**c**) Huaguang Reef—the satellite image in the background belongs to Sentinel-2 acquired on 13 August 2019. All red lines correspond to the laser trajectories of the ICESat-2 on 22 October 2018, 22 February 2019, 21 April 2019, 19 April 2020, 19 July 2020, and 20 August 2020. 80% of the ICESat-2 bathymetric points were used to train the empirical model, while the remaining 20% were used to verify the SDB-AP bathymetric result.

**Figure 3.**Outlier-removal result based on our method with the noise photons (light blue) and the outlier-removal signal photons (red): (

**a**) St. Thomas site, (

**b**) Acklins Island site, and (

**c**) Huaguang Reef site.

**Figure 5.**Enlarged satellite images and profiles of geolocated photon returns over three study sites: (

**a**,

**b**) St. Thomas on 21 February 2019; (

**c**,

**d**) Acklins Island on 3 June 2019; (

**e**,

**f**) Huaguang Reef on 22 February 2019; bathymetric retrieval by ICESat-2 data over the St. Thomas site with the detected seafloor signal photons (red), the corrected seafloor photons from our detected result photons(orange), the detected sea surface (dark blue), and the noise photons (light blue).

**Figure 6.**SDB-AP derived-bathymetric maps and error scatter plots of SDB-AP estimated depths vs. ICESat-2 bathymetric depths: (

**a**) derived bathymetric maps in the St. Thomas site, (

**b**) derived bathymetric maps in the Acklins Island site, (

**c**) derived bathymetric maps in the Huaguang Reef site, (

**d**) error scatter plots in St. Thomas site, (

**e**) error scatter plots in the Acklins Island site, and (

**f**) error scatter plots in the Huaguang Reef site. The red line is the 1:1 line, while the blue line represents the regression line. $N$ is the number of the training gridded bathymetric points from ICESat-2, and the regression equation details are shown in the top-left corner.

**Figure 7.**Error scatter plot: ICESat-2 bathymetric depths vs. in situ depths over St. Thomas. The red line is the 1:1 line, while the blue line represents the regression line.$N$ is the number of the training gridded bathymetric points from ICESat-2, and the regression equation details are shown in the top-left corner.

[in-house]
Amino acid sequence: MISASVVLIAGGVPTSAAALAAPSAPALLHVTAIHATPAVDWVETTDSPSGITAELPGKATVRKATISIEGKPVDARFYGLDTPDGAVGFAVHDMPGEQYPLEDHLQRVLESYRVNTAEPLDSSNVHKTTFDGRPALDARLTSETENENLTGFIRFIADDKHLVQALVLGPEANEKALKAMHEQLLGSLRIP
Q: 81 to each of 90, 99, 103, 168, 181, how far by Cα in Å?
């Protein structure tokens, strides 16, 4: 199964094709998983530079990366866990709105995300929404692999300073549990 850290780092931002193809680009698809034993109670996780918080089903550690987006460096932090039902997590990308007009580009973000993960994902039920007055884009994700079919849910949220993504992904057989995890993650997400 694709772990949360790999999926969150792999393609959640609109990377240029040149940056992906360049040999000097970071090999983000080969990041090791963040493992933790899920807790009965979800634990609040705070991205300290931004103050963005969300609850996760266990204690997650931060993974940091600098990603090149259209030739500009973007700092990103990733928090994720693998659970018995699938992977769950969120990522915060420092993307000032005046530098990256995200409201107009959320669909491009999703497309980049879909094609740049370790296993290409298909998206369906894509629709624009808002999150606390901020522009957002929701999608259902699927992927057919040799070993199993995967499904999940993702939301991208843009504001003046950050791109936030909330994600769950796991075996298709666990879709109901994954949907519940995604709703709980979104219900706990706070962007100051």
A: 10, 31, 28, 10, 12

**Figure 8.**Error scatter plot: SDB-AP estimated depths vs. in situ depths over St. Thomas. The red line is the 1:1 line, while the blue line represents the regression line. N is the number of training gridded bathymetric points from in situ data, and the regression equation details are shown in the top-left corner.

**Figure 9.**Error scatter plots in different depth ranges over St. Thomas: (

**a**–

**c**) ICESat-2 bathymetric depths vs. in situ depths; (

**d**–

**f**) SDB-AP depths vs. ICESat-2 bathymetric depths.

**Figure 10.**Comparison of the detected ICESat-2 signal photons based on our method and standard DBSCAN method on 12 December 2020: (

**a**) adaptive DBSCAN; (

**b**) standard DBSCAN with fixed $\epsilon $ and $Minpts$.

**Figure 11.**Outlier removal results over St. Thomas site: the bottom return photons (light blue), the outlier-removal signal photons (red). (

**a**) adaptive DBSCAN; (

**b**) standard DBSCAN with fixed $\epsilon $ and $minpts$ detection results.

Site | St. Thomas | Acklins Island | Huaguang Reef | Shanhu Island | Nan Island | |
---|---|---|---|---|---|---|

Location | 18.26°~18.43°N 64.80°~65.07°W | 22.10°~22.60°N 73.90°~74.40°W | 16.13°~16.28°N 111.52°~111.86°E | 111.617°~111.618°N 16.534°~16.548°E | 111.612°~111.614°N 16.529°~16.55°E | 112.202°~112.333°N 16.956°~16.933°E |

ICESat-2 Tracks-beam | 22 November 2018-GT1/2/3R 10 February 2019-GT1/2/3L 13 November 2020-GT1L | 12 November 2018-GT1/2L 11 February 2019-GT1/2/3R 12 March 2019-GT1/2/3R 3 June 2019-GT1/2/3L 2 September 2019-GT2/3R | 22 October 2018-GT1/2/3R 22 February 2019-GT1/2/3L 21 April 2019-GT1/2/3L 19 April 2020-GT1/2/3R 19 July 2020-GT1/2/3L 20 August 2020-GT1/2L | 22 February 2019-GT3L | 24 May 2019-GT2L | 19 August 2019-GT1L |

Sentinel-2 | 15 January 2019 1 March 2016 21 November 2018 21 March 2019 12 September 2019 4 April 2020 3 May 2021 | 27 January 2020 | 13 August 2019 | \ | \ | \ |

In situ Data | 9 December 2014 CUDEM | \ | \ | \ | \ | \ |

Depth (m) | N | R^{2} | RMSE (m) | Bias (m) | MAE (m) |
---|---|---|---|---|---|

0–10 | 382 | 0.9035 | 0.9548 | 0.1039 | 0.5397 |

10–20 | 246 | 0.7951 | 2.2463 | −1.0138 | 1.9493 |

20–30 | 420 | 0.4281 | 2.5499 | −0.8490 | 2.2155 |

Depth (m) | N | R^{2} | RMSE (m) | Bias (m) | MAE (m) |
---|---|---|---|---|---|

0–10 | 199 | 0.82516 | 1.2259 | 0.3846 | 1.0195 |

10–20 | 331 | 0.8260 | 1.8768 | −0.8994 | 1.6265 |

20–30 | 461 | 0.4697 | 2.4056 | −0.7402 | 2.08725 |

**Table 4.**Error analysis in different depth ranges: deep learning bathymetric depths vs. in situ depths.

Depth (m) | N | R^{2} | RMSE (m) | Bias (m) | MAE (m) |
---|---|---|---|---|---|

0–10 | 289 | 0.8073 | 1.3980 | 0.4948 | 1.1408 |

10–20 | 377 | 0.8293 | 1.6895 | 1.1531 | 1.4291 |

20–30 | 461 | 0.4406 | 2.1800 | 0.5675 | 1.8222 |

0–30 | 1127 | 0.9425 | 2.0068 | 0.8560 | 1.6428 |

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## Share and Cite

**MDPI and ACS Style**

Xie, C.; Chen, P.; Pan, D.; Zhong, C.; Zhang, Z.
Improved Filtering of ICESat-2 Lidar Data for Nearshore Bathymetry Estimation Using Sentinel-2 Imagery. *Remote Sens.* **2021**, *13*, 4303.
https://doi.org/10.3390/rs13214303

**AMA Style**

Xie C, Chen P, Pan D, Zhong C, Zhang Z.
Improved Filtering of ICESat-2 Lidar Data for Nearshore Bathymetry Estimation Using Sentinel-2 Imagery. *Remote Sensing*. 2021; 13(21):4303.
https://doi.org/10.3390/rs13214303

**Chicago/Turabian Style**

Xie, Congshuang, Peng Chen, Delu Pan, Chunyi Zhong, and Zhenhua Zhang.
2021. "Improved Filtering of ICESat-2 Lidar Data for Nearshore Bathymetry Estimation Using Sentinel-2 Imagery" *Remote Sensing* 13, no. 21: 4303.
https://doi.org/10.3390/rs13214303